List of wine-producing regions

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This list of wine-producing regions catalogues significant growing regions where vineyards are planted. Wine grapes mostly grow between the 30th and the 50th degree of latitude, in both the Northern and Southern hemispheres. Grapes will sometimes grow beyond this range and minor amounts of wine are made in some very unexpected places.

In 2009, the five largest producers of wine in the world were, in order, Italy, France, Spain, the United States and China (see list of wine-producing countries for a complete rank).

Main wine-producing areas in the world

Africa[edit]

Algeria[edit]

See also: Algerian wine

Cape Verde[edit]

Morocco[edit]

South Africa[edit]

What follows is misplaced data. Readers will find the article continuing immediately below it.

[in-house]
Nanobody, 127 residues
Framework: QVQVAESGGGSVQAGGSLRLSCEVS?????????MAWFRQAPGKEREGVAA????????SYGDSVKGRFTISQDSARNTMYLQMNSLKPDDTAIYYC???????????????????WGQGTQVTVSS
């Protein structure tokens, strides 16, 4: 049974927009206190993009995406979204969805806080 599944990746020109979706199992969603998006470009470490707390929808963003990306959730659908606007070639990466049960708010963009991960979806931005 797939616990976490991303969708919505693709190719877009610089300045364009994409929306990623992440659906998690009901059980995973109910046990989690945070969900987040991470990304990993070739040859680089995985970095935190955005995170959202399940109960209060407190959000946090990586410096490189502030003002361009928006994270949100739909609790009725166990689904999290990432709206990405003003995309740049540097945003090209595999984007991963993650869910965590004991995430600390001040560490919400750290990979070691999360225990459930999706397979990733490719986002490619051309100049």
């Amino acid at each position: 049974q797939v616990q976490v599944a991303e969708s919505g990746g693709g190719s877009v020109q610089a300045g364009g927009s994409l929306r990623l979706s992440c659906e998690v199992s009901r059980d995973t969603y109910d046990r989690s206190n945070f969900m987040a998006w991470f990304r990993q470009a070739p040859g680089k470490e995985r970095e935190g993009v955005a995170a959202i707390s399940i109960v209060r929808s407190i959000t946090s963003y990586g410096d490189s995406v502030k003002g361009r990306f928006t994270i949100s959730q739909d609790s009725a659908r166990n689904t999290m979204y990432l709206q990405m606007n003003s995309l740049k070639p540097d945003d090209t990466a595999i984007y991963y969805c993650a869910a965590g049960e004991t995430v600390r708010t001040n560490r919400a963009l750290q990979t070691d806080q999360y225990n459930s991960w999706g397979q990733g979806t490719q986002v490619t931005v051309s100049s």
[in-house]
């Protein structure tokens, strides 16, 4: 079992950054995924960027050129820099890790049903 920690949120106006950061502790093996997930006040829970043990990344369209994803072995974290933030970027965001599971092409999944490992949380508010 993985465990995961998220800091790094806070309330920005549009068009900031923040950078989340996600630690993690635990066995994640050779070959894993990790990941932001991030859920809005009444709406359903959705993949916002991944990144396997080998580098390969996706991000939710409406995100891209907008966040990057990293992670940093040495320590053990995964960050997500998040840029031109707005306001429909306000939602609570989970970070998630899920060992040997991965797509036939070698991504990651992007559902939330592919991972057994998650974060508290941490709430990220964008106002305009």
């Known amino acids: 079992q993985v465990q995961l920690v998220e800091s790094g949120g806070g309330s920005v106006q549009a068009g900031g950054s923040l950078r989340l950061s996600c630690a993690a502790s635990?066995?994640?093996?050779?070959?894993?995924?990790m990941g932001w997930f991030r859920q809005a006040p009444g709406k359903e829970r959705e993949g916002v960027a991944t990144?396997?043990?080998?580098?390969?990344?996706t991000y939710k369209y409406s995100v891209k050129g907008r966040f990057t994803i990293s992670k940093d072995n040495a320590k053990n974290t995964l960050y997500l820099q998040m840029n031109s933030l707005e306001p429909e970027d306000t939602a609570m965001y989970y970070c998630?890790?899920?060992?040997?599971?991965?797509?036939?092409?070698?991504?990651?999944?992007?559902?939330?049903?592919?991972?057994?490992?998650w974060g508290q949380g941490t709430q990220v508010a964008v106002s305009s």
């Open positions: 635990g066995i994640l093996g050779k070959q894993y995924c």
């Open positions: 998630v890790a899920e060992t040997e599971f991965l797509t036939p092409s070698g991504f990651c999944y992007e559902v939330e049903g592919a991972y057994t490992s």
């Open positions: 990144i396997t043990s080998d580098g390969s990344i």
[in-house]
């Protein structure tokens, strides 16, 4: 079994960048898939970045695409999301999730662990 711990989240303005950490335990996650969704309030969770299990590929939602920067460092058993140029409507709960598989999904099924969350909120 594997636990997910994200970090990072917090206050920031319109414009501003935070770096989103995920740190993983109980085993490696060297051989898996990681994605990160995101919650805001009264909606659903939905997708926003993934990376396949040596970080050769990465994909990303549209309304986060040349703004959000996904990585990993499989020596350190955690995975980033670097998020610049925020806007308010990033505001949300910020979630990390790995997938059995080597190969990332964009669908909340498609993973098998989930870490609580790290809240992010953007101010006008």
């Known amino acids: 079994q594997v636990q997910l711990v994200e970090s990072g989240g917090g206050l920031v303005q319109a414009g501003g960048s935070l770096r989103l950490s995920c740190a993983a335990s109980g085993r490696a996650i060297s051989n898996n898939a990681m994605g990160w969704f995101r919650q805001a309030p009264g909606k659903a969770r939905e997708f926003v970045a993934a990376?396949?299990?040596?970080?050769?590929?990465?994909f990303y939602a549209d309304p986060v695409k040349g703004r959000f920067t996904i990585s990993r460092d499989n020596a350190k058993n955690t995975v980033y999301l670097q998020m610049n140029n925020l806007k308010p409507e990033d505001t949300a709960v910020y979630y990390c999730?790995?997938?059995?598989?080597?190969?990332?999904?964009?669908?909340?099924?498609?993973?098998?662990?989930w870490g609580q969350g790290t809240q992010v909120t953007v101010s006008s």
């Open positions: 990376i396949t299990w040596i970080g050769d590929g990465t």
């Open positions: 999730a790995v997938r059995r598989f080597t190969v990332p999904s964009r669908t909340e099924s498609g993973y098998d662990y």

A vineyard in the Stellenbosch region, South Africa

Tunisia[edit]

Americas[edit]

Argentina[edit]

See also: Argentine wine
Argentine wine regions

Bolivia[edit]

Brazil[edit]

Canada[edit]

Chile[edit]

See also: Chilean wine
Chile's topography with the location of most of Chile's wine regions highlighted

Mexico[edit]

See also: Mexican wine

Peru[edit]

See also: Peruvian wine

United States[edit]

A complete listing of federally defined wine regions, called American Viticultural Areas, is available here.
Vineyard on South Bass Island

Uruguay[edit]

The wine-producing area is mainly in the Dpto. Canelones near the capital Montevideo. For more info, see The Uruguayan wine guide.
See also: Uruguayan wine

Venezuela[edit]

The wine-producing enterprise for Venezuela can be found here.

Europe[edit]

Albania[edit]

See also: Albanian wine

Armenia[edit]

See also: Armenian wine

Austria[edit]

See also: Austrian wine

Azerbaijan[edit]